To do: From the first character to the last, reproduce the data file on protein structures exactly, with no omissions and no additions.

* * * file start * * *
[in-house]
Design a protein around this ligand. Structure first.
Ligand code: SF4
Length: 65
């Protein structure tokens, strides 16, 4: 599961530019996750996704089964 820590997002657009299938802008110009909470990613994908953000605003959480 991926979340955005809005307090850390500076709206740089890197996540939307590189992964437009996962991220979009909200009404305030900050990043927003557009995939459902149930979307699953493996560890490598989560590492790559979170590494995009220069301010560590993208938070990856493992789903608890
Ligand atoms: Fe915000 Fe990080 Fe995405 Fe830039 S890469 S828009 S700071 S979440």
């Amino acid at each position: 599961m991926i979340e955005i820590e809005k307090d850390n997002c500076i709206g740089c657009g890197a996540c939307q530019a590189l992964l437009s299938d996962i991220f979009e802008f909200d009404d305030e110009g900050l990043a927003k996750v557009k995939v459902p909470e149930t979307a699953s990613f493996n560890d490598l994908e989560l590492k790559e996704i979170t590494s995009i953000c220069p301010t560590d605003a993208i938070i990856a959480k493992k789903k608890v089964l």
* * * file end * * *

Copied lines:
[in-house]
Design a protein around this ligand. Structure first.
Ligand code: SF4
Length: 65
């Protein structure tokens, strides 16, 4: 599961530019996750996704089964 820590997002657009299938802008110009909470990613994908953000605003959480 991926979340955005809005307090850390500076709206740089890197996540939307590189992964437009996962991220979009909200009404305030900050990043927003557009995939459902149930979307699953493996560890490598989560590492790559979170590494995009220069301010560590993208938070990856493992789903608890
Ligand atoms: Fe915000 Fe990080 Fe995405 Fe830039 S890469 S828009 S700071 S979440």
């Amino acid at each position: 599961m991926i979340e955005i820590e809005k307090d850390n997002c500076i709206g740089c657009g890197a996540c939307q530019a590189l992964l437009s299938d996962i991220f979009e802008f909200d009404d305030e110009g900050l990043a927003k996750v557009k995939v459902p909470e149930t979307a699953s990613f493996n560890d490598l994908e989560l590492k790559e996704i979170t590494s995009i953000c220069p301010t560590d605003a993208i938070i990856a959480k493992k789903k608890v089964l």